“Circus! Science Under the Big Top” opened at Exploration Place
Visitors to the new “Circus! The Science Under Big Top exhibit can try contorting their bodies to fit an acrylic box. Courtesy picture
You don’t have to run away to join the circus. The circus – in the form of a science-focused exhibit – comes to town all summer long.
“Cirque! Science Under the Big Top” opens Friday, May 26 and runs through September 4 at Exploration Place.
Billed as showing the science behind the show, “Circus!” includes rides where visitors can guess “Who Dung-it?” in a display of fake excrement, learn about the psychology behind circus sounds and learn about the maestros of circus music. One exhibit will show how the brain lights up when experiencing humor, while another will allow visitors to enjoy the smells of carnival food.
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There’s even a show tent with interactive screens. During a pre-opening tour, Daniel Bateman, Exhibits and Program Manager for Exploration Place, showed how visitors can test their strength against strongman Mighty Atom and get a reading of their strength, from the Tiny Terror level. In another area of the tent, an X-ray screen shows the path of the sword in the act of swallowing Countess Vanessa’s sword. Visitors can even try contorting their bodies to fit inside an acrylic box (smaller and more flexible people are probably best left).
In another immersive exhibit, kids can dress up in costumes ranging from circus animals to ringmasters.
There will also be two harnessed attractions, available on a first-come, first-served basis. Visitors can try a wire act from 9 feet in the air or feel like a trapeze artist with the use of bungee cords and a trampoline.
Tickets to participate in harnessed attractions will be available at a kiosk in the exhibit. Only six passes for each attraction will be available for each 30-minute time slot and will be distributed at the start of each hour. The minimum height requirement to participate is 46 inches, and the maximum weight allowance is 250 pounds for the bungee acrobatics act and 400 pounds for the high wire act. Close-fitting, well-fitting shoes are required for the high thread count.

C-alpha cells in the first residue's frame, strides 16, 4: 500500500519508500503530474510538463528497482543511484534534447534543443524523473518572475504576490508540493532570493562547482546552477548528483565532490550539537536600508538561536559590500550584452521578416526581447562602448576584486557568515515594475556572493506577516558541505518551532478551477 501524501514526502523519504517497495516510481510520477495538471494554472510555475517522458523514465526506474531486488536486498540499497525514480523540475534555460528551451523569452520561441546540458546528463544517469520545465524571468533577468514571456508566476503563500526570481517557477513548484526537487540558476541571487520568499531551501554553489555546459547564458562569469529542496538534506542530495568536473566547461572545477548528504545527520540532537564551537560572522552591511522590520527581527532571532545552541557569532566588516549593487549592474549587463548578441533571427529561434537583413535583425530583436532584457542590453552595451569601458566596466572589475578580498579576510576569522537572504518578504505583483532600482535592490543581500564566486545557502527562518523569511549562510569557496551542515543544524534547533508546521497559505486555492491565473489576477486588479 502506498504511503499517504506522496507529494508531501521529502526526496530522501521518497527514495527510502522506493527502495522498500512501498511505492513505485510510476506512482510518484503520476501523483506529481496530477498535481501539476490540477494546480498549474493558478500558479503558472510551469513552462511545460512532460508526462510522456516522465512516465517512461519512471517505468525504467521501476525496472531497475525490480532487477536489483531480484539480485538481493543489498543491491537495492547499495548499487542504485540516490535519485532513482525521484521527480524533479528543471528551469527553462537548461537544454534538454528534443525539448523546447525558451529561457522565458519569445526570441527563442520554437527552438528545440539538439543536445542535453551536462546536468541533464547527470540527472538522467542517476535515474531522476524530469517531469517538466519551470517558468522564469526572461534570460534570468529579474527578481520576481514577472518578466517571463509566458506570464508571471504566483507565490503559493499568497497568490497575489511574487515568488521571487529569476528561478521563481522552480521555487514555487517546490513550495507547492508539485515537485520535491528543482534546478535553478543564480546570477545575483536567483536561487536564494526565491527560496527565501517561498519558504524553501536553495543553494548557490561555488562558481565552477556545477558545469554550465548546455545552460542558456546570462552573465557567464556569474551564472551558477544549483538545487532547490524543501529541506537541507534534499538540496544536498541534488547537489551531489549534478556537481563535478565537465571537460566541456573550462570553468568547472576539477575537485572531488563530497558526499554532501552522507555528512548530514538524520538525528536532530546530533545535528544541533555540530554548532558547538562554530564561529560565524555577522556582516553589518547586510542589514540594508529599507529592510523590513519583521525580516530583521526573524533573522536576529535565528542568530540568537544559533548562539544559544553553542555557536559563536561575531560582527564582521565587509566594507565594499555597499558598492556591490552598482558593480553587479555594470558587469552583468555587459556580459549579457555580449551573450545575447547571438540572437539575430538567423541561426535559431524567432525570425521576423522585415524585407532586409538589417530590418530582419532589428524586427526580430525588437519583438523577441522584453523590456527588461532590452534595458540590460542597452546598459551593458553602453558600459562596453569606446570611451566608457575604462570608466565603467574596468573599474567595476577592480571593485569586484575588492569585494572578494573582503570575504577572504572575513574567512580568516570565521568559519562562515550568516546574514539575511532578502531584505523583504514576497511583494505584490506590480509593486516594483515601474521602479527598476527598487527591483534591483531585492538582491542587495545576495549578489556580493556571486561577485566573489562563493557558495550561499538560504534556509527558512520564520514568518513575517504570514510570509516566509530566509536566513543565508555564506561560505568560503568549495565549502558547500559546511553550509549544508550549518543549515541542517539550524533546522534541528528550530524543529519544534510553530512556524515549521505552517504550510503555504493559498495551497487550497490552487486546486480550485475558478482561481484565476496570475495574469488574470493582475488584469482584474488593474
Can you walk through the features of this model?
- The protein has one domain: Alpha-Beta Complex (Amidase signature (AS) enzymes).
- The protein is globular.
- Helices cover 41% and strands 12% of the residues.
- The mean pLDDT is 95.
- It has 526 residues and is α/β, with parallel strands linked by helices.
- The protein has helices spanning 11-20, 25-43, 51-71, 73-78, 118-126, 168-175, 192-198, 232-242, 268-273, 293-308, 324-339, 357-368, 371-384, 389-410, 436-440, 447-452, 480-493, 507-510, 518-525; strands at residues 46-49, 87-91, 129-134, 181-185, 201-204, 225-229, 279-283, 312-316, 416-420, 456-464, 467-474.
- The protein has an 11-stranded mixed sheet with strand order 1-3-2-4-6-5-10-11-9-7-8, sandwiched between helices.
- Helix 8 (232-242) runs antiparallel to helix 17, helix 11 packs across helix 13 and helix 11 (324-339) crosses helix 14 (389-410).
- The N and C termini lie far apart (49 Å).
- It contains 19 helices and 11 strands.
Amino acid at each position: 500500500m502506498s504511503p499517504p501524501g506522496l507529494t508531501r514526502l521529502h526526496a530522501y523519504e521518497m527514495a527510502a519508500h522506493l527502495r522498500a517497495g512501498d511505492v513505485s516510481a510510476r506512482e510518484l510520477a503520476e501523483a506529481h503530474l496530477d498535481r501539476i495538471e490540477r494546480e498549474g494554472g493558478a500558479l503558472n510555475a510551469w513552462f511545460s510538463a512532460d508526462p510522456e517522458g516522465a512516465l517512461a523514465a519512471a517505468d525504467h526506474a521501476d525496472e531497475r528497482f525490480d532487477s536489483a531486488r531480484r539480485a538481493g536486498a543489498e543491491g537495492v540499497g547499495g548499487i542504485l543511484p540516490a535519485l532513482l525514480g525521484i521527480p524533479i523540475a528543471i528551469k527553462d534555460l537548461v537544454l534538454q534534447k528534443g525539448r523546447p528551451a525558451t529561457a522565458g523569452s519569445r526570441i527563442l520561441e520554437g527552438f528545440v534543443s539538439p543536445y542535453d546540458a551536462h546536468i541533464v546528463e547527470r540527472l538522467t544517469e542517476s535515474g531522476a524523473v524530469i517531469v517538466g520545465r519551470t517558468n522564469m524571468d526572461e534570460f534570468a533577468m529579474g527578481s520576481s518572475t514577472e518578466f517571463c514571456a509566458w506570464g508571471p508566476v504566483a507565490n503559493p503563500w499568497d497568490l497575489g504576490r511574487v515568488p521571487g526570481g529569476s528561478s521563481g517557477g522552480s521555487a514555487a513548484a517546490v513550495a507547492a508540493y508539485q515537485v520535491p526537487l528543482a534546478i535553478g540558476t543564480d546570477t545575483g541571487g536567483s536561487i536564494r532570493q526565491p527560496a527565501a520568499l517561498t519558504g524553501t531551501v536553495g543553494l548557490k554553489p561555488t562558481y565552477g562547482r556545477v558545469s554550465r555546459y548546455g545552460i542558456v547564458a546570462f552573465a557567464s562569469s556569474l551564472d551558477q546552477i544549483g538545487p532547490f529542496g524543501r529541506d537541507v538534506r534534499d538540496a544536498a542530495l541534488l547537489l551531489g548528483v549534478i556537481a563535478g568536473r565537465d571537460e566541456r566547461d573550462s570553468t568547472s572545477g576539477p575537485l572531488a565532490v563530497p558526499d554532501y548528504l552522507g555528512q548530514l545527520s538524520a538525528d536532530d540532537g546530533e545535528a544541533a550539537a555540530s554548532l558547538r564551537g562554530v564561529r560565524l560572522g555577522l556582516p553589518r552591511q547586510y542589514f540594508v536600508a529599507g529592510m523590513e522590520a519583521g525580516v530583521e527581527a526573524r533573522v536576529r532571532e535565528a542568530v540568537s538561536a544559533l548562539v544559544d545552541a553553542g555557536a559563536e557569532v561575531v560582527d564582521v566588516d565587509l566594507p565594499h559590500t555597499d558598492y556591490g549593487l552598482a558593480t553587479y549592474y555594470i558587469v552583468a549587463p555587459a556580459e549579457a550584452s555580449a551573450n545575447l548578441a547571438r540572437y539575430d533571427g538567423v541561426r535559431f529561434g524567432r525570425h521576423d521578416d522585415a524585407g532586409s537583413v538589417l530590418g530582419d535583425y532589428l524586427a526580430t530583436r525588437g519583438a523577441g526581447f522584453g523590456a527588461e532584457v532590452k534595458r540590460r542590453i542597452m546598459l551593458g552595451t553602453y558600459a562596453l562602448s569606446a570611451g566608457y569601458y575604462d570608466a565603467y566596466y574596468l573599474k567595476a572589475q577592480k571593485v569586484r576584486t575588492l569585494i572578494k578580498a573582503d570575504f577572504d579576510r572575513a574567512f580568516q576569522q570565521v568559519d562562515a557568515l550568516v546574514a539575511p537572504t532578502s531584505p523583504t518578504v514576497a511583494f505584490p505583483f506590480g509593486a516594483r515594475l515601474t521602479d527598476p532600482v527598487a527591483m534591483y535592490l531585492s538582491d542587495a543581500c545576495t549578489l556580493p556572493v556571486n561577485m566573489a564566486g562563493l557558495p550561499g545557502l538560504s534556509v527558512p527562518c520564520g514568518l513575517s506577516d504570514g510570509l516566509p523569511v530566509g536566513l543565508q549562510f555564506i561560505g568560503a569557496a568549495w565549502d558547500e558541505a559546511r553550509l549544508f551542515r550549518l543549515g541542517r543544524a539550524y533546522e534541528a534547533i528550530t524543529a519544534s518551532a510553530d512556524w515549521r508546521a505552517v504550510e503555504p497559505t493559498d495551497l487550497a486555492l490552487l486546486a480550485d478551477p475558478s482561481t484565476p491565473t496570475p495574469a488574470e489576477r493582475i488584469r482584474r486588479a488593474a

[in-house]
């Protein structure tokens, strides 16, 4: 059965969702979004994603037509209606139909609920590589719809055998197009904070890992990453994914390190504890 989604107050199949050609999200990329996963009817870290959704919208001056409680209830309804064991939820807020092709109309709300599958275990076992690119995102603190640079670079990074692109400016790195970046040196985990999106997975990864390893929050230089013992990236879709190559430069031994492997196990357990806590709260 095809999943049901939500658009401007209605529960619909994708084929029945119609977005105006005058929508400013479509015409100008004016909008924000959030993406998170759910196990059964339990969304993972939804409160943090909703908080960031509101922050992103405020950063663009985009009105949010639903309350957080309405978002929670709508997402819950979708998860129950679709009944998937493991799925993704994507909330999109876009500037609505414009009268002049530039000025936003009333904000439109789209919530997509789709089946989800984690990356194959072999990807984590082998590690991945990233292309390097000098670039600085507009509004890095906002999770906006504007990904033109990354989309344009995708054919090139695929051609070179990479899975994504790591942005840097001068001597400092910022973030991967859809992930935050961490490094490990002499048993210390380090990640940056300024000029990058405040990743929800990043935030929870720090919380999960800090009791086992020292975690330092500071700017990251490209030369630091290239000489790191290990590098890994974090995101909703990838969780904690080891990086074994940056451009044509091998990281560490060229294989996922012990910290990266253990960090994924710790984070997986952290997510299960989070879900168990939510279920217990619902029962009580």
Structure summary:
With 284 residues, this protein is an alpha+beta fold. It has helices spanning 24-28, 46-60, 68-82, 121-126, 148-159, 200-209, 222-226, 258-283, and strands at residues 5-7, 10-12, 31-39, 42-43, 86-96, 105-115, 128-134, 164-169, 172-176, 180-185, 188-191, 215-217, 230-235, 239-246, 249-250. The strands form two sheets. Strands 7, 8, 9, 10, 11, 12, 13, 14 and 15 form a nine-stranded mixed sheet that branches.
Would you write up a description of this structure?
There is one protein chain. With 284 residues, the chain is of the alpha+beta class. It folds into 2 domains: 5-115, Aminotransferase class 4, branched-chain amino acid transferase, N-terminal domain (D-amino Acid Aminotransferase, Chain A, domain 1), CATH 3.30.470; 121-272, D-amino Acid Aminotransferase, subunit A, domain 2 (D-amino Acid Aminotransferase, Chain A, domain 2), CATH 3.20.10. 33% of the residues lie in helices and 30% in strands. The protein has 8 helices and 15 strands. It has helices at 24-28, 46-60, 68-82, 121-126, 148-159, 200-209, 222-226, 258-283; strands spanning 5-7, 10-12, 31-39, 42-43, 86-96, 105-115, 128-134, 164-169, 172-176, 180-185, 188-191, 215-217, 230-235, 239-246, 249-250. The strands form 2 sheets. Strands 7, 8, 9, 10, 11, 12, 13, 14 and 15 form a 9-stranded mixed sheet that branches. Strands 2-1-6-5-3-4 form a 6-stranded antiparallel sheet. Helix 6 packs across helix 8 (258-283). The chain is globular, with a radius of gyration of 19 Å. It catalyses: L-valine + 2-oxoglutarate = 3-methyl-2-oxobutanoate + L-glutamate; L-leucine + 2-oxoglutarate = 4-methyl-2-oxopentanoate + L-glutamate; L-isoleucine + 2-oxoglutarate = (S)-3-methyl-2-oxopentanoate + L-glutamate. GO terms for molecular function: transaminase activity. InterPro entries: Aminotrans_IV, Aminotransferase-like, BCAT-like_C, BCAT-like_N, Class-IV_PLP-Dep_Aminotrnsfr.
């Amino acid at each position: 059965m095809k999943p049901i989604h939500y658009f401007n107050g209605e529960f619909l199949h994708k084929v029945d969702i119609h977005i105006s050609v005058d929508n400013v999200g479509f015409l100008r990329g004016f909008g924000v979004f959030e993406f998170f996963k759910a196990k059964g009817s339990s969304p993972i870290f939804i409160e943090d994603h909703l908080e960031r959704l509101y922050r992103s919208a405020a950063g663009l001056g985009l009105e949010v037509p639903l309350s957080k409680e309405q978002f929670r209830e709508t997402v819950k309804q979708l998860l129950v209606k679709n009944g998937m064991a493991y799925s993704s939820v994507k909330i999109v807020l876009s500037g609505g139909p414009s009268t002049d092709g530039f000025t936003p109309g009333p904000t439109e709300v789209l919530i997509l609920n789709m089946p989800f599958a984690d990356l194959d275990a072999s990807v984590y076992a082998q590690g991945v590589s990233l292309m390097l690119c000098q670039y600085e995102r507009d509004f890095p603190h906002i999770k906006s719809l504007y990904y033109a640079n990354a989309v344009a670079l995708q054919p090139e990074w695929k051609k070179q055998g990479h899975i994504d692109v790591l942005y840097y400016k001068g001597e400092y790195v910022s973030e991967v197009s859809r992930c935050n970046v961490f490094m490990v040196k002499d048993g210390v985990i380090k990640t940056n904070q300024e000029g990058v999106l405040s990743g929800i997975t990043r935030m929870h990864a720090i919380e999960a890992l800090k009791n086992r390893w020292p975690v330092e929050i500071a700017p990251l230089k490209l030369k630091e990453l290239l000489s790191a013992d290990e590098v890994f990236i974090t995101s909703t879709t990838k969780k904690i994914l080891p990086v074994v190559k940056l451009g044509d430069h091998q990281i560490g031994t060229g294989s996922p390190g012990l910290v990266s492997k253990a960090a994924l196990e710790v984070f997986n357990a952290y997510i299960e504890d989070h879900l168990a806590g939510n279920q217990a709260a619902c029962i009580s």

To keep attendees safe, a dedicated team has been hired to follow safety protocols and manage harnessed attractions, Bateman said.
If you don’t have the opportunity to try the tightrope, there is a screen where you can test your balance as if you were walking a tightrope.
“It’s something that anyone, no matter their size, height, shape or weight can try,” Bateman said.
The Circus!” was created more than 20 years ago by the Ontario Science Center in Canada and has since traveled across North America and parts of Asia, said Mike Chisholm, project manager at the Ontario Science Center who oversaw the installation at Exploration Place this week.All display information panels appear in English and French, Canada’s two official languages.
To accompany the theme of the exhibition, Exploration Place has programmed four nights of an interactive screening of “The Greatest Showman”, the 2017 film starring Hugh Jackman as PT Barnum, founder of the famous traveling circus Barnum & Bailey. Film screenings at 7 p.m. on June 8, 15, 22 and 29 will include performances by local musical artist and former “American Idol” contestant McKayla Stacey. Tickets are $18.
A second exhibit will also open Friday at Exploration Place, along with “Circus!”
“Pixel Palace,” an in-house created exhibit that will run until October 22, uses advanced motion sensor technology, touchscreens and projection screens to create an immersive experience in the game room. The exhibit includes an Everbright wall, a sort of high-tech version of a Lite Brite screen that has dials that can be turned to different colors, rather than lighted pegs. The wall will eventually be on permanent display elsewhere in Exploration Place, Bateman said.
‘Circus! Exhibition “Science under the marquee”
Where: Exploration Place, 300 N. McLean Blvd.
When: Friday-Sept. 4; hours are 10 a.m. to 5 p.m. daily with extended hours until 8 p.m. on Thursdays
Admission: $12 for 12-64 year olds, $10 for 3-11 year olds and 65 and over, free for members and 2 years and under for exhibitions only.
Budget tip: Kansas families with children in kindergarten through 12 can visit for free using the single-visit All Access Pass available through the Sunflower Summer app, which is funded by the Department of Education. State. The program also allows two accompanying adults to visit for free. The program runs until August 13 or until funds run out.
More info: 316-660-0600 or exploration.org